|• Borough Mayor||Clara Herrmann (Greens)|
|• Total||20.16 km2 (7.78 sq mi)|
|• Density||14,000/km2 (37,000/sq mi)|
|Time zone||UTC+01:00 (CET)|
|• Summer (DST)||UTC+02:00 (CEST)|
Friedrichshain-Kreuzberg (German: [ˈfʁiːdʁɪçsˌhaɪn ˈkʁɔʏtsbɛʁk] (listen)) is the second borough of Berlin, formed in 2001 by merging the former East Berlin borough of Friedrichshain and the former West Berlin borough of Kreuzberg. The historic Oberbaum Bridge, formerly a Berlin border crossing for pedestrians, links both districts across the river Spree as the new borough's landmark (as featured in the coat of arms).
The counterculture tradition especially of Kreuzberg has led to the borough being a stronghold for the Green Party. While Kreuzberg is characterised by a high number of immigrants, the share of non-German citizens in Friedrichshain is much lower and the average age is higher. The merger between the distinct quarters is celebrated by an annual anarchic "vegetable fight" on the Oberbaumbrücke. Both parts have to deal with the consequences of gentrification.
The Berlin district of Kreuzberg-Friedrichshain has a rich and complex history that reflects the city's changing political and cultural landscape over the past two centuries.
Located in the heart of the city, Kreuzberg and Friedrichshain were once separate neighborhoods that were united into a single district in 2001. The area is known for its diverse and vibrant cultural scene, as well as its history as a center of political activism and counterculture.
Kreuzberg has a long history as a working-class neighborhood and was heavily damaged during World War II. After the war, the area became home to many immigrants, including Turkish and other migrants from the Middle East and Europe. In the 1970s and 1980s, Kreuzberg became a center of political activism and alternative culture, with a large youth and student population. Friedrichshain, on the other hand, has a more diverse history. It was originally a working-class neighborhood, but was heavily bombed during World War II and then divided by the Berlin Wall after the war. After the fall of the Wall in 1989, Friedrichshain underwent a process of gentrification and became a popular neighborhood for artists, students, and young professionals. In recent years, both Kreuzberg and Friedrichshain have become popular tourist destinations, known for their lively streets, diverse cultural scene, and rich history.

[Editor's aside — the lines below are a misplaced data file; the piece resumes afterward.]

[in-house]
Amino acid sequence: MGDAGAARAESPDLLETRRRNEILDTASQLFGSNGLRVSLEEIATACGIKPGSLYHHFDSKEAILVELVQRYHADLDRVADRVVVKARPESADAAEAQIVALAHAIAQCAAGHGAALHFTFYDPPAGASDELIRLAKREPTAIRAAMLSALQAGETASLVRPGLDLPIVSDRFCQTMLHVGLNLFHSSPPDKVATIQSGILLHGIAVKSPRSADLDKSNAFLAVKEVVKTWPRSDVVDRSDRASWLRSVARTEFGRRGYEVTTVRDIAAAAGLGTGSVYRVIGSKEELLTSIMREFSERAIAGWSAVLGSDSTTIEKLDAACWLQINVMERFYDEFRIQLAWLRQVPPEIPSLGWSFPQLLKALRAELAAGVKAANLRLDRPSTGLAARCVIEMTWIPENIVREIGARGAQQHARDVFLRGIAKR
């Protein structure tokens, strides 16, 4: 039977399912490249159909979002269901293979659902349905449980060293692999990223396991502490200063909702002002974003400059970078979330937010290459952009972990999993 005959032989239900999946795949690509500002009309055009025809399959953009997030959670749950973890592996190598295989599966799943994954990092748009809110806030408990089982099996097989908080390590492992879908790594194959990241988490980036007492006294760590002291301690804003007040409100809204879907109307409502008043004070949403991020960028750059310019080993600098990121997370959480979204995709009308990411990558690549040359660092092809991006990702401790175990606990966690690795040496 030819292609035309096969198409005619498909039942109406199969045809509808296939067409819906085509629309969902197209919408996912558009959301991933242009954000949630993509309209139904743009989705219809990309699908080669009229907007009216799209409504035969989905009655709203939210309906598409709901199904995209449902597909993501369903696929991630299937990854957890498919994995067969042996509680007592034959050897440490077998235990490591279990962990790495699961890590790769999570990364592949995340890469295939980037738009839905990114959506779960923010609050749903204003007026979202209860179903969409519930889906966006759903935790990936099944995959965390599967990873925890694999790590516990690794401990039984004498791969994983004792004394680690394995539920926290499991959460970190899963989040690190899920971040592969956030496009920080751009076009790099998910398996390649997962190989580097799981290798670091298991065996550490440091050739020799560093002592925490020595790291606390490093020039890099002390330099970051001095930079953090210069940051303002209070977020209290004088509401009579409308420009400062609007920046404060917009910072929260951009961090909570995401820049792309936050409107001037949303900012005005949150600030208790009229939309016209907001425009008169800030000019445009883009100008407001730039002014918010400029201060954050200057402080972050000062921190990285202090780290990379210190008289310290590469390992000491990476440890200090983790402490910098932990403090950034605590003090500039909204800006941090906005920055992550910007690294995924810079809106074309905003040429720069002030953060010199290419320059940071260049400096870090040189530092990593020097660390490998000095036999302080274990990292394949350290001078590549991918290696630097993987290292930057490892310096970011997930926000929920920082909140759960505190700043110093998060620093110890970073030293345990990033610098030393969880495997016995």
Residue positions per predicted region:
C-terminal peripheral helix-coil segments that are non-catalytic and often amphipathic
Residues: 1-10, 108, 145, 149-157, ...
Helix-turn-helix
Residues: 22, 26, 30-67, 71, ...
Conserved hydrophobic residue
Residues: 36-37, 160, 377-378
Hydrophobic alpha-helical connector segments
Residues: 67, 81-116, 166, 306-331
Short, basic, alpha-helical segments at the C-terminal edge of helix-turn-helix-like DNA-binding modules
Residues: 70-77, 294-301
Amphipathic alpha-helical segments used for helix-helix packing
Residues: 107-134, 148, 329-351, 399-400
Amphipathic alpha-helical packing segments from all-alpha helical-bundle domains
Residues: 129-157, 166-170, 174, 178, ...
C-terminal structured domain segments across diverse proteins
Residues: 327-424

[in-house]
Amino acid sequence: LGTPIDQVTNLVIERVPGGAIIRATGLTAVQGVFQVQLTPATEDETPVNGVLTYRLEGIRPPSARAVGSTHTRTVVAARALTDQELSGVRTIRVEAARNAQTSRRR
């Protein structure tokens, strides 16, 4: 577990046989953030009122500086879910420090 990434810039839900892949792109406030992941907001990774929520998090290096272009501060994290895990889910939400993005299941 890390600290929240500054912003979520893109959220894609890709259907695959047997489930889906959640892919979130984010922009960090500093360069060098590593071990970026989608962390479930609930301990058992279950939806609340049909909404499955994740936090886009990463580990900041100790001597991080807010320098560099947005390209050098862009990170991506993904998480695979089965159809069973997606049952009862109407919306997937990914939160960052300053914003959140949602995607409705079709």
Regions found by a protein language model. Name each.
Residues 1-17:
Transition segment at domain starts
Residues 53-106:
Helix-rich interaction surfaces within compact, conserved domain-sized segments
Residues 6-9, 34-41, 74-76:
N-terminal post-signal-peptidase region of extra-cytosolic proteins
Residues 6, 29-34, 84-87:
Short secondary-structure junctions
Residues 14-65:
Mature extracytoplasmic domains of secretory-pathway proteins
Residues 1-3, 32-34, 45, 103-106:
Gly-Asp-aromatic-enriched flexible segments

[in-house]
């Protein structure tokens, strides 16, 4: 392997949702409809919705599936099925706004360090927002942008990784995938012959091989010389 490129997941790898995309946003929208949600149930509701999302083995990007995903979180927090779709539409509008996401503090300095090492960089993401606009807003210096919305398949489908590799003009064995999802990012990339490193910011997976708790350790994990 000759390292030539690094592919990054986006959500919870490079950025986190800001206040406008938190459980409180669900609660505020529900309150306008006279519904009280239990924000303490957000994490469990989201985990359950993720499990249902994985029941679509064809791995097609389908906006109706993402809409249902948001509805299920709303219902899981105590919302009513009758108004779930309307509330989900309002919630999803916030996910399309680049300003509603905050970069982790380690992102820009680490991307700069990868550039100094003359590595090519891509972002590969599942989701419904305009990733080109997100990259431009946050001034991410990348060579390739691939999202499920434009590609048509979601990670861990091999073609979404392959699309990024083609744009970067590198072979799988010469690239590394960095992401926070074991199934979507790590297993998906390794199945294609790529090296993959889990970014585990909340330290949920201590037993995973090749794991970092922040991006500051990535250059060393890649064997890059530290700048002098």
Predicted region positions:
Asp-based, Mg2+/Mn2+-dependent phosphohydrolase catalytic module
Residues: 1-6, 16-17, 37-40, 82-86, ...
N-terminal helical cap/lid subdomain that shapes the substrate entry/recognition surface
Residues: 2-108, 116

The governing body of Friedrichshain-Kreuzberg is the district council (Bezirksverordnetenversammlung). It has responsibility for passing laws and electing the city government, including the mayor. The most recent district council election was held on 26 September 2021, and the results were as follows:
|Alliance 90/The Greens (Grüne)||Clara Hermmann||48,254||34.6||1.9||22||2|
|The Left (LINKE)||Oliver Nöll||30,124||21.6||0.8||13||1|
|Social Democratic Party (SPD)||Andy Hehmke||20,554||14.8||2.5||9||1|
|Christian Democratic Union (CDU)||Timur Husein||10,898||7.8||0.1||5||1|
|Free Democratic Party (FDP)||Marlene Heihsel||6,561||4.7||1.5||3||1|
|Die PARTEI||Riza Cörtlen||5,214||3.7||0.9||2||±0|
|Alternative for Germany (AfD)||Frank Scheermesser||4,333||3.1||3.1||1||2|
|We are Berlin||506||0.4||New||0||New|
|Open List Friedrichshain||321||0.2||New||0||New|
|Ecological Democratic Party||285||0.2||0.2||0||±0|
|Source: Elections Berlin|
The district mayor (Bezirksbürgermeister) is elected by the Bezirksverordnetenversammlung, and positions in the district government (Bezirksamt) are apportioned based on party strength. Clara Herrmann of the Greens was elected mayor on 6 December 2021. Since the 2021 municipal elections, the composition of the district government is as follows:
|Clara Herrmann||GRÜNE||District Mayor|
Finance, Staff, Economy and Culture
|Oliver Nöll||LINKE||Deputy Mayor|
Labour, Civil Service and Social Affairs
|Annika Gerold||GRÜNE||Traffic, Green Spaces, Order and Environment|
|Andy Hehmke||SPD||Education, Sport and Logistics|
|Florian Schmidt||GRÜNE||Construction, Planning and Urban Development|
|Regina Sommer-Wetter||LINKE||Youth, Family and Health|
Twin towns – sister cities
- Al-Malikiyah, Syria (2017)
- Bergstraße (district), Germany (1969)
- Ingelheim am Rhein, Germany (1971)
- Kadıköy (Istanbul), Turkey (1996)
- Kiryat Yam, Israel (1990)
- Limburg-Weilburg, Germany (1980)
- Oborishte (Sofia), Bulgaria (1999)
- Porta Westfalica, Germany (1968)
- San Rafael del Sur, Nicaragua (1986)
- Szczecin, Poland (1996)
- Wiesbaden, Germany (1964)
- "Einwohnerinnen und Einwohner im Land Berlin am 31. Dezember 2020" (PDF). Amt für Statistik Berlin-Brandenburg. February 2021.
- "Städtepartnerschaften - Elf Partner auf der ganzen Welt". berlin.de (in German). Berlin. Retrieved 8 February 2021.